relies was derived from Oregon v. Ice, 555 U.S. 160 (2009). In that case the Supreme Court
upheld the practice of imposing consecutive sentences on the basis of findings made by a judge
rather than the jury. The case does not mandate any particular considerations that judges must
make before imposing consecutive sentences.
In general, federal habeas courts are not
authorized to reconsider sentences imposed by state courts if they are within the boundaries set
by state law. Here the Twelfth District Court of Appeals found Mr. Horna’s sentence was within
those boundaries, and this Court is bound by that state law decision.
Petitioner’s Second Ground for Relief is that he is being punished multiple times for
allied offenses of similar import as forbidden by Ohio Revised Code § 2941.25 and therefore by
the Double Jeopardy Clause of the United States Constitution. The Report found the Twelfth
District’s conclusion that the crimes in question were not allied offenses of similar import to be
decisive. The Report also noted that the charging instrument in the case charged offenses
occurring at different times.
In his Objections, Mr. Horna notes that the time periods in the Information are “vague.”
That is not a claim made in the Petition, nor does the record indicate that Mr. Horna ever sought
a bill of particulars to clear up any vagueness. What is clear is that the time period in Count 1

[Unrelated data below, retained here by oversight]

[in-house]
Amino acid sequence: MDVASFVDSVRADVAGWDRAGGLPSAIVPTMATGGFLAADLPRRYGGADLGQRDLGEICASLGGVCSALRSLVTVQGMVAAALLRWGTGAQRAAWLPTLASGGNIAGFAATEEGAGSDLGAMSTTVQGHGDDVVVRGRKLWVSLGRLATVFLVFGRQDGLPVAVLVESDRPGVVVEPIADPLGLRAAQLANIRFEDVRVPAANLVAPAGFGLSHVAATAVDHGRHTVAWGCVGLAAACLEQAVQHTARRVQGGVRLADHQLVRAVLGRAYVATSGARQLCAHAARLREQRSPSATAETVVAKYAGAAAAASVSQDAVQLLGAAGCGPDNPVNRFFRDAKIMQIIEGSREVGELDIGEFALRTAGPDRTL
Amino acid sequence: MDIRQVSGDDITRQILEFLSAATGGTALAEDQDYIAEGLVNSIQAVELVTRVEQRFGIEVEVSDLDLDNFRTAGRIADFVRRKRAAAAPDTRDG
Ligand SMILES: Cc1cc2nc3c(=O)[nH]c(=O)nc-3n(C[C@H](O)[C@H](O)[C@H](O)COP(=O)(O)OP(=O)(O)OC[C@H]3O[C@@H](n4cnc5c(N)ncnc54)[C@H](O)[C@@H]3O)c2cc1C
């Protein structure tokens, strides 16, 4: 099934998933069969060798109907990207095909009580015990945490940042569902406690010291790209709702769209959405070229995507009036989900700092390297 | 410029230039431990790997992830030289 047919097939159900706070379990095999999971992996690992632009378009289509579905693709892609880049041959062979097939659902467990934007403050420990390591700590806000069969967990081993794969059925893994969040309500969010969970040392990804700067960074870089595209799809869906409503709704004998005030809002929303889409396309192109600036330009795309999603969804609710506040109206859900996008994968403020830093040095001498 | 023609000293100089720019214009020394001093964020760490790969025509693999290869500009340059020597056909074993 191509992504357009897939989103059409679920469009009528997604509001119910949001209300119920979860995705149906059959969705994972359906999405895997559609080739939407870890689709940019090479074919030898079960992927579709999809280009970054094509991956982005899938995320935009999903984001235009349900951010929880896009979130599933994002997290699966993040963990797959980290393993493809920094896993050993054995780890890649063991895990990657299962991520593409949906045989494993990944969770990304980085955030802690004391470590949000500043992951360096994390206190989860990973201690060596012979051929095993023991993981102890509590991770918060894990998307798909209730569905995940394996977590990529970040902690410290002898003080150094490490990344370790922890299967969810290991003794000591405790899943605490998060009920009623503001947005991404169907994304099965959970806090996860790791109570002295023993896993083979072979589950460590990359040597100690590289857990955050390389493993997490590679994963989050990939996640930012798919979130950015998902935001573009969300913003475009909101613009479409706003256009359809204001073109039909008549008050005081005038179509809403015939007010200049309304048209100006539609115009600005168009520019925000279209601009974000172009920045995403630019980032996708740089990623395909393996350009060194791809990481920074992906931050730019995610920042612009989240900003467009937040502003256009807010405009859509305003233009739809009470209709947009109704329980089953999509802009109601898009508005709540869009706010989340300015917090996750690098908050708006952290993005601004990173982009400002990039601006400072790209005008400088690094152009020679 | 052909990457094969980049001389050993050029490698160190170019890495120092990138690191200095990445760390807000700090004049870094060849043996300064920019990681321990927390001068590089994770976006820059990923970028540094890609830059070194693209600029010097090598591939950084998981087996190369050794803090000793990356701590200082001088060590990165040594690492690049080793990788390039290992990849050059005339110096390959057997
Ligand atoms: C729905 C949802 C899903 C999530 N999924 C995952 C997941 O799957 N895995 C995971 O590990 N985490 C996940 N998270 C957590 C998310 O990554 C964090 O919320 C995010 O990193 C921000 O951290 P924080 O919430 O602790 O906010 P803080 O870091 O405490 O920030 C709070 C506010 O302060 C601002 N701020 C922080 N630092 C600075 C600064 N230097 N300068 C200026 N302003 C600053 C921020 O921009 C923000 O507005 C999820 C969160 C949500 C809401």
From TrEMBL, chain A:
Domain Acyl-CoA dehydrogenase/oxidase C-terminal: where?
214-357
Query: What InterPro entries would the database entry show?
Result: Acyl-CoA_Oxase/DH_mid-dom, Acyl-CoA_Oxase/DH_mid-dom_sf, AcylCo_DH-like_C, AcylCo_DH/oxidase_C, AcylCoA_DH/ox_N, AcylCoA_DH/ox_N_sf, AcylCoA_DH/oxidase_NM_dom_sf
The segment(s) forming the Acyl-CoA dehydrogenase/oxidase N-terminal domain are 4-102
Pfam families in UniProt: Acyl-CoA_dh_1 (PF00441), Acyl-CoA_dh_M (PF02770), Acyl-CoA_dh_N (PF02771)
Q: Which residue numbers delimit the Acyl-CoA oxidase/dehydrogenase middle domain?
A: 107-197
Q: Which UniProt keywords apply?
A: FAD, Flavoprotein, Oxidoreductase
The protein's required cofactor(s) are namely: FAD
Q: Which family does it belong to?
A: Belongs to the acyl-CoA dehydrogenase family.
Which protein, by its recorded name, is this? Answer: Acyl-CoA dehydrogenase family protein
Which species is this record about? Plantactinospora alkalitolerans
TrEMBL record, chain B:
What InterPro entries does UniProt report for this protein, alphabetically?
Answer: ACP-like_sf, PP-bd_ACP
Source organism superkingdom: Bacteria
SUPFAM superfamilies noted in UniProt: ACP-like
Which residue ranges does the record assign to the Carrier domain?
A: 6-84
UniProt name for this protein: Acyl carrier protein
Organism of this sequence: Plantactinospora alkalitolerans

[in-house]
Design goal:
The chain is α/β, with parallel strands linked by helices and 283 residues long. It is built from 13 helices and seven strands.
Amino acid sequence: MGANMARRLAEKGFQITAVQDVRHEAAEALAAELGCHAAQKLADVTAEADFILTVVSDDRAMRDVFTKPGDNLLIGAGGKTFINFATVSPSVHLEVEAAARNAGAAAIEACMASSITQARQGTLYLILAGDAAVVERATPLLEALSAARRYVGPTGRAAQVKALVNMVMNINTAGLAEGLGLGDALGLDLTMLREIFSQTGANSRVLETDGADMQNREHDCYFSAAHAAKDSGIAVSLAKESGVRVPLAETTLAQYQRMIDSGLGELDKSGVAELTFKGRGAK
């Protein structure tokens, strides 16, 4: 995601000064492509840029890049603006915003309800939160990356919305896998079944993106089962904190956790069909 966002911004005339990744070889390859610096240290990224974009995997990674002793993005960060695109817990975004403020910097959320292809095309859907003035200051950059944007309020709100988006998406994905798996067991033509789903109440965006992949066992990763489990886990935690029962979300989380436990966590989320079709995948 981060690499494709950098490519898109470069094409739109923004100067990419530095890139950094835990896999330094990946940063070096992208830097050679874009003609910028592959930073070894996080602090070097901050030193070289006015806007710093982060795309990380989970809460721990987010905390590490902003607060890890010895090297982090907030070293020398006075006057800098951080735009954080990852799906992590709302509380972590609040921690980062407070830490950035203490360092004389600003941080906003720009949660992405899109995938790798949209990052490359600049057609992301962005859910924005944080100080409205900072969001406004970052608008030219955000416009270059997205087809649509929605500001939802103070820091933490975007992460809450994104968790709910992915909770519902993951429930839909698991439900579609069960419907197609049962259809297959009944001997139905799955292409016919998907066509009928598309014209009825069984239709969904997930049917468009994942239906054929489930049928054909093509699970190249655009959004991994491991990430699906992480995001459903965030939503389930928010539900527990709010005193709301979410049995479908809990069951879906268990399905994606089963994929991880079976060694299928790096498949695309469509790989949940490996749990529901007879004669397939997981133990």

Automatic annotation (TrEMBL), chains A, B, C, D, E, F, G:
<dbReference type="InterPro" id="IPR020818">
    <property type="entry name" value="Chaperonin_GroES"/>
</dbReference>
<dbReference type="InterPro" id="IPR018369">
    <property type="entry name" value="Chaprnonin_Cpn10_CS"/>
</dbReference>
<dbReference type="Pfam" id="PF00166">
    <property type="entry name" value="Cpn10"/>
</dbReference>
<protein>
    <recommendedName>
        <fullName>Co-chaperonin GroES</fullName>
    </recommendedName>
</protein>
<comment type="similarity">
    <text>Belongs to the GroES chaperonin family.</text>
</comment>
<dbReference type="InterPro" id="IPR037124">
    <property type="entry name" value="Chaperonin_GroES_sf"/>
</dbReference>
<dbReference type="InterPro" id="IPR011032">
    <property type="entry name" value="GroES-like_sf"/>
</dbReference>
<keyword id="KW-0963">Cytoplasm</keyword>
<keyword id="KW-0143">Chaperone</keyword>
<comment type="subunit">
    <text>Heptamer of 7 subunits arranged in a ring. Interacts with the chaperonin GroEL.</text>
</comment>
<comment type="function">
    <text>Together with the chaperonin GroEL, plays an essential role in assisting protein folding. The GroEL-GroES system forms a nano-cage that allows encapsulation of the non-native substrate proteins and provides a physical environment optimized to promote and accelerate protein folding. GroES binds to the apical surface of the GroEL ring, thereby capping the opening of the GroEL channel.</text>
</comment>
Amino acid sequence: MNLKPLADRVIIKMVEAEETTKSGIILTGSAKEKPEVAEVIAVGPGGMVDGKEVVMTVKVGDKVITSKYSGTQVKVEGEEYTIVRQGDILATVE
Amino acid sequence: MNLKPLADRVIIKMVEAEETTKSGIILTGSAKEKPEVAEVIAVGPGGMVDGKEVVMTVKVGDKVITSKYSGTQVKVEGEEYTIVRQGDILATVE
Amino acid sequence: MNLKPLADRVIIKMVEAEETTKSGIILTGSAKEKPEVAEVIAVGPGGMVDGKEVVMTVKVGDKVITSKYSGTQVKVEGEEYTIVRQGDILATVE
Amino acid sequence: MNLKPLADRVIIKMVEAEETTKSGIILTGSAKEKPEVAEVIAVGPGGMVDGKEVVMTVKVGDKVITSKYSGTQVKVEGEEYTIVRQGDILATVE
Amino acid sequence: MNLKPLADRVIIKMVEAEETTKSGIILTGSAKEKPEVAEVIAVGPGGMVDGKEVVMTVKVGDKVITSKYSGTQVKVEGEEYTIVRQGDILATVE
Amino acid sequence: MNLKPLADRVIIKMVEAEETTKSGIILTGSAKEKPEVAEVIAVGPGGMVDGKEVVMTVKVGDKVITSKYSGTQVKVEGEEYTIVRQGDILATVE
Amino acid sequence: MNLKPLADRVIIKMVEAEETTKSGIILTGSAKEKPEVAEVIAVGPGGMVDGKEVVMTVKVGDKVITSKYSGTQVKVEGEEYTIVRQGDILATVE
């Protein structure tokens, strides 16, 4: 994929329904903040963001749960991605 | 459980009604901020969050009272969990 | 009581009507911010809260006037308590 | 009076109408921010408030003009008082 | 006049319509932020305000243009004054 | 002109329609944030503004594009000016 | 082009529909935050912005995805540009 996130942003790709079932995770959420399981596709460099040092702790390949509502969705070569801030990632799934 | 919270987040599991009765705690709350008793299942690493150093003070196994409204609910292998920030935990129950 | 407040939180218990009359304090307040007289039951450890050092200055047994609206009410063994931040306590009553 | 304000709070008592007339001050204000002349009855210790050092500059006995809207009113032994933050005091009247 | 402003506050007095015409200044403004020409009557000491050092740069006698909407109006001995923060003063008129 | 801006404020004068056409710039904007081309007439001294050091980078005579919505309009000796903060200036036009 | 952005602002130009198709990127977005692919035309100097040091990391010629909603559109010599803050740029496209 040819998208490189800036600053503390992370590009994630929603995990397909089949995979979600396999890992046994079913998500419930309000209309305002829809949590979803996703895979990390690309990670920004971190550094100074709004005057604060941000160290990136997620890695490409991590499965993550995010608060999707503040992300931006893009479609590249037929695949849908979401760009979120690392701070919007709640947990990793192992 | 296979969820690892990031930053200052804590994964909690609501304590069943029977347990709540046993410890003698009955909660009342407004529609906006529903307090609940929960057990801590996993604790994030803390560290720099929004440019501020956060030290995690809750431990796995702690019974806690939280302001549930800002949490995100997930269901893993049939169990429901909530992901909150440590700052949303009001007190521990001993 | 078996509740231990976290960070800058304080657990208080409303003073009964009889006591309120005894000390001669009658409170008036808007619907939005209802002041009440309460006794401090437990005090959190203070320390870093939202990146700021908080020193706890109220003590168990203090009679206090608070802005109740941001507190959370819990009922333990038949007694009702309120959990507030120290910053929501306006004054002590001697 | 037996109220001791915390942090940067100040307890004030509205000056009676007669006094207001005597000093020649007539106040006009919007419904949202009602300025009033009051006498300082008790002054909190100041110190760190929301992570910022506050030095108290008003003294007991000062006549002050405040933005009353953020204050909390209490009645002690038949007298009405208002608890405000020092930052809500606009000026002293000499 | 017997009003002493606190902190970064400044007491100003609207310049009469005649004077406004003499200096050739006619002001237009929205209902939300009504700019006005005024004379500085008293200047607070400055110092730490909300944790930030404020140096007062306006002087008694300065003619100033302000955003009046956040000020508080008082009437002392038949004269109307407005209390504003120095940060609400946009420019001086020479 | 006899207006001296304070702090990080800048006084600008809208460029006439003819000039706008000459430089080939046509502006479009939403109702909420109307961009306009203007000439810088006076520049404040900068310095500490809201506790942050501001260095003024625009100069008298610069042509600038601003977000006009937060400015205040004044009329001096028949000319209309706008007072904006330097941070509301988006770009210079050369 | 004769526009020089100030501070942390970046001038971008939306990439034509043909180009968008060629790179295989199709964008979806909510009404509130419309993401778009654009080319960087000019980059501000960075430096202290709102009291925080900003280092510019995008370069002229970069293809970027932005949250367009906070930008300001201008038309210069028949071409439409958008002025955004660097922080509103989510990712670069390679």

ends a whole year before the time period in Count 2 begins. Neither the Double Jeopardy Clause
nor Ohio Revised Code § 2941.25 prevents the State from punishing a persons for two similar
crimes committed more than a year apart.
Mr. Horna’s Third Ground for Relief asserts he received ineffective assistance of trial
counsel when his trial attorney (1) failed to advise him of his rights under the law; (2) ignored
Ohio felony sentencing mandates; and (3) advised Petitioner to be less than truthful at the plea
hearing. The Report analyzed this claim under the general standard adopted by the Supreme
Court in Strickland v. Washington, 466 U.S. 668 (1984). It noted that Mr. Horna had raised an
ineffective assistance of trial counsel claim on direct appeal and the Twelfth District had decided
it on the merits, adversely to Mr. Horna’s claims, by finding that failure to raise meritless
underlying claims was fatal to Horna’s ineffective assistance of trial counsel claims.
The Report found this Court should defer to the Twelfth District on the claims actually
raised there and that Horna had procedurally defaulted his off-the-record claim (that his lawyer
told him to lie) by not presenting it at all to the state courts.
Mr. Horna’s Objections do not deal with specific points in the Report on this Third
Ground for Relief. He merely asserts “the trial attorney completely failed in his competence.”
(ECF No. 10, PageID 189). A petitioner who fails to make specific objections to a magistrate
judge’s report forfeits his right to appeal the aspects of the report to which he did not object. See
Thomas v. Arn, 474 U.S. 140, 155 (1985); Frontier Ins. Co. v. Blaty, 454 F.3d 590, 596-97 (6th
Having reviewed the Report de novo, the Court finds the Objections are not well-taken.
Accordingly, the Report is ADOPTED and the Petition herein is DISMISSED WITH
PREJUDICE. Because reasonable jurists would not disagree with this conclusion, Petitioner is
denied a certificate of appealability and the Court certifies to the Sixth Circuit that any appeal
would be objectively frivolous and therefore should not be permitted to proceed in forma
February 14, 2017.
S/Susan J. Dlott__________________
Susan J. Dlott
United States District Judge